In a nutshell, environmental, social, and governance (ESG) are a set of standards for a company’s operations that focus on environmental protection, social responsibility, and good corporate governance. Companies that set and adhere to these standards are said to maintain ESG principles. These provide valuable insight into how companies are managed and how they are impacted by their external environment.
ESG standards help investors evaluate the long-term sustainability and social impact of their investments. Through ESG investing, investors can buy stock from companies that uphold certain socially responsible or ethical standards. ESG factors are increasingly being used as part of the assessment of a company by investors and other stakeholders.
Environmental standards (sometimes called E) cover a range of areas such as climate change, renewable energy, air and water quality, waste management, and resource use efficiency. This part of the standards looks at a company’s environmental footprint and encourages them to adopt more sustainable practices.
Social standards (sometimes called S) focus on how a company operates in terms of its relationships with its customers, employees, communities, and other stakeholders. This part of the standards looks at issues such as workplace safety and diversity, human rights and fair trade, consumer health and safety, and data privacy and security.
Good governance standards (sometimes called G) describe a set of principles, processes and procedures that are followed in order to improve the quality of decision -making and expand the participation of stakeholders in the decision-making process. Good governance seeks to ensure that citizens and organisations alike are able to make and implement decisions in a transparent, accountable, equitable, and effective manner.
ESG – A Timeline
- 1970s: Environmentalism starts to become popular as environmental laws are created, and the Environmental Protection Agency is established in the United States (U.S.).
- 1980s: The United Nations (UN) formally adopts its Environmental Program (UNEP) and begins including specific dimensions in its
Agenda 21 program.
- 1990s: Interest in the financial implications of investing in businesses with good environmental practices increases; the Global Reporting Initiative (GRI) is founded.
- 2000s: Developments in technologies such as blockchain and artificial intelligence leads to an increase in the availability of data that can be used to measure companies’ ESG performance; the first comprehensive ESG rating systems are established.
- 2010s: Regulatory developments, including the European Union (EU) releasing its action plan on financing sustainable growth, lead to an increase in the demand for ESG investments; socially responsible investing gains in popularity.
- 2020s: The increased urgency of tackling climate change leads to a further surge in the demand for ESG investments. March 2022: The EU publishes regulation on sustainable finance requiring all companies and financial institutions to disclose their climate risks.
ESG has its origins in the 70s when it was recognised that “social considerations” should be of paramount importance if shareholders are to achieve reasonable long-term return on their investments. This was in contrast with the more traditional ‘bottom-line” approach that had been the focus for many years prior to this. At the time, the issues addressed under the ESG umbrella were primarily focused on environmental and social issues, such as labour practices pollution, racial inequality and corporate responsibility.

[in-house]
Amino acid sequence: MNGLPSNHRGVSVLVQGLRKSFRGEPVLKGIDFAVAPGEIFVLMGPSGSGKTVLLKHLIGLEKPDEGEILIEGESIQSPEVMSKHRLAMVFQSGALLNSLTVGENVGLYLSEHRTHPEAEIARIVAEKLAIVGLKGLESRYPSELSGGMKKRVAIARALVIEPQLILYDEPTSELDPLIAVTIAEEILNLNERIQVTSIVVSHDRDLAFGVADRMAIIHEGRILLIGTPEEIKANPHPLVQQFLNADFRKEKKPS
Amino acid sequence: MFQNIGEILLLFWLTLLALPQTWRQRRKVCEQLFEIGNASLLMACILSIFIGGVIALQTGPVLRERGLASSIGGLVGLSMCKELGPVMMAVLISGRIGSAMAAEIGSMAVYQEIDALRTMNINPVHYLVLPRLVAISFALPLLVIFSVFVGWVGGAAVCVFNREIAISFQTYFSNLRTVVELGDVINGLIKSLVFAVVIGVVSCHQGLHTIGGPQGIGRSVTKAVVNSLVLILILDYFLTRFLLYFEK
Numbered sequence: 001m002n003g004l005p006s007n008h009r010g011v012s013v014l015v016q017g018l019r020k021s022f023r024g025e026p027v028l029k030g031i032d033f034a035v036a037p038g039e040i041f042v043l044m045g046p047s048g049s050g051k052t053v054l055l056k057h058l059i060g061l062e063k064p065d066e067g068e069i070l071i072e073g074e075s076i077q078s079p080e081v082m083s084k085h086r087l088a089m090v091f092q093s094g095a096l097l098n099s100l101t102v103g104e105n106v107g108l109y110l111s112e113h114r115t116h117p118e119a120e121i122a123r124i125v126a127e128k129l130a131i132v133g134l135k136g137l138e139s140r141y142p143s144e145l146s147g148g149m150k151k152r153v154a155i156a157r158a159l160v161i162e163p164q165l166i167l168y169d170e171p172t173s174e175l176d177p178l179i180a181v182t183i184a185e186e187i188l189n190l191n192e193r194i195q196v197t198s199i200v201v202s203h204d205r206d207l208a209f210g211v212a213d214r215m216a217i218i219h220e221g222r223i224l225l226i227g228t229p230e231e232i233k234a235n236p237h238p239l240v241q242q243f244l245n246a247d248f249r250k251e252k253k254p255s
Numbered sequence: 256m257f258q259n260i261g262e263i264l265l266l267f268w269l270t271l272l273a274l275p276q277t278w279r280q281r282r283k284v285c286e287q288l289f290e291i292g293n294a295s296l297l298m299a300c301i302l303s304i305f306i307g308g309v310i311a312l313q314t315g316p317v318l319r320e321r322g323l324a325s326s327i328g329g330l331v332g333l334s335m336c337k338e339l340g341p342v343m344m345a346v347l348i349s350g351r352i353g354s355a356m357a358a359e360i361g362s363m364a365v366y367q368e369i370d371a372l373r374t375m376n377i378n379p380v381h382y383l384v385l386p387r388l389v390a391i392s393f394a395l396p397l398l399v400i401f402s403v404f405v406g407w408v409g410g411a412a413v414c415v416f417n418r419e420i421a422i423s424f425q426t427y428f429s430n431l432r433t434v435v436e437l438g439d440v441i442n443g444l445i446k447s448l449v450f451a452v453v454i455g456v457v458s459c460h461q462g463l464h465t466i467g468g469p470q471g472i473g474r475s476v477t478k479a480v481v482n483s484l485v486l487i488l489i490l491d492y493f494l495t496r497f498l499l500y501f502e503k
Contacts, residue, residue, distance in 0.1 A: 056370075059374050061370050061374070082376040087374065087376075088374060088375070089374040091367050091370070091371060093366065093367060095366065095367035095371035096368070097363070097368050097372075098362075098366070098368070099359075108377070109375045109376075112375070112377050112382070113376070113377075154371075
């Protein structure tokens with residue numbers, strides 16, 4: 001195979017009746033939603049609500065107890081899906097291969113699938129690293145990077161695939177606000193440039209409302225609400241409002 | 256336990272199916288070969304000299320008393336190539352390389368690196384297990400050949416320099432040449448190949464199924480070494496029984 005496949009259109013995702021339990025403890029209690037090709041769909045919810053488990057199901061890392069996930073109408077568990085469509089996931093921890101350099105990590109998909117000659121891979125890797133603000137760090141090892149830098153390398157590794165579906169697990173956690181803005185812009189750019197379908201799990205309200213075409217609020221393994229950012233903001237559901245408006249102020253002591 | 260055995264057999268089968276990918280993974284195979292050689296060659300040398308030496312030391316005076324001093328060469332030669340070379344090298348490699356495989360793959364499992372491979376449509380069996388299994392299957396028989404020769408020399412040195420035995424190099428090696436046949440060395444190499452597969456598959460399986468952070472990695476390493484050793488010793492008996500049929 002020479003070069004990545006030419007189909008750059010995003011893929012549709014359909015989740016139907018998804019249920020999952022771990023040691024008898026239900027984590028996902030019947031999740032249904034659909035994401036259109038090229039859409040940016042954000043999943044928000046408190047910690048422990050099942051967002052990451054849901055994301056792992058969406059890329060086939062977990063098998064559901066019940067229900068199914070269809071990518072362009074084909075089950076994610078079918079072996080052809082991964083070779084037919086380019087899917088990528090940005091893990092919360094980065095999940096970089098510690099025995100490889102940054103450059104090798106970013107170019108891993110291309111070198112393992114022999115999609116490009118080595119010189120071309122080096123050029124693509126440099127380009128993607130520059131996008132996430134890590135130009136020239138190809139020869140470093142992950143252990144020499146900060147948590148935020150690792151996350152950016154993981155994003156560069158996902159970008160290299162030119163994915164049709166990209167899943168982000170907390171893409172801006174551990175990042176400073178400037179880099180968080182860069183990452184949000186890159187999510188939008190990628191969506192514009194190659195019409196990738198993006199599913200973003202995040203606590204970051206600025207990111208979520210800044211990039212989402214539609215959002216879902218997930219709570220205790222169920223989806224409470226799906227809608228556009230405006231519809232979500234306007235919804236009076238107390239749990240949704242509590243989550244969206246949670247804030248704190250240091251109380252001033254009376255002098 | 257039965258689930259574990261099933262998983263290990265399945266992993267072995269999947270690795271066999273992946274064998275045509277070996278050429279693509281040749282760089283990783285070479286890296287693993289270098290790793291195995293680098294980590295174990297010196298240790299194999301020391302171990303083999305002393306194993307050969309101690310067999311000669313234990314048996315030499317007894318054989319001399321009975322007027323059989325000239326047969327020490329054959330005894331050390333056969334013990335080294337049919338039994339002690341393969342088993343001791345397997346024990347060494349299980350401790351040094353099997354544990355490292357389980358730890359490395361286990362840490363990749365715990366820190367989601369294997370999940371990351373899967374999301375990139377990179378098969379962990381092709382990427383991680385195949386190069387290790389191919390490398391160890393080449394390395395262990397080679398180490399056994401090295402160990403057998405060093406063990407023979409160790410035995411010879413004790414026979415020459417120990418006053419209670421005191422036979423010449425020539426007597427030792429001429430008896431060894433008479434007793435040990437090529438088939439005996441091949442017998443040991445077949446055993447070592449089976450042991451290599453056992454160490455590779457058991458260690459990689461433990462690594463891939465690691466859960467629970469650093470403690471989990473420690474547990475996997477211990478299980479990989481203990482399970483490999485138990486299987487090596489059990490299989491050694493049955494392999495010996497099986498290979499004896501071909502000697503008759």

By the early 2000s, the concept evolved further with the inclusion of corporate governance principles, such as executive pay, corporate structure and board composition. The UN first used the designation ESG in its Principles for Responsible Investment (PRI) published in 2006.
The term was further popularised by then-U.S. president Barack Obama in 2009. A vocal advocate for ESG, during his presidency Obama encouraged companies and investors to take into account the social en environmental impact of investments. Obama signed a presidential memorandum in 2015 that directed federal agencies to develop strategies to integrate ESG considerations into federal procurement and contracting decisions. He has also been an outspoken supporter of the Principles for Responsible Investment, a global network that encourages the integration of ESG issues into mainstream investment decisions.
ESG Today – From Voluntary to Mandatory
While many U.S. public companies are making disclosures of their environmental, social and governance practices and policies, currently ESG reporting is not mandatory in the U.S. This is rapidly changing with a great number of ESG initiatives and proposals driven by President Biden (2021) and the U.S. Securities and Exchange Commission (SEC) already required all public companies to disclose information that may be material to investors, including information on ESG-related risks, and disclosure of weather and how diversity is a consideration in the hiring process.
In Europe, many countries are implementing mandatory ESG reporting requirements, such as France and the United Kingdom (UK), with more countries to follow. Additionally, as of March 2021 the new Europe Union’s Sustainable Finance Disclosure Regulation (SFDR), which requires disclosures related to ESG topics, came into effect.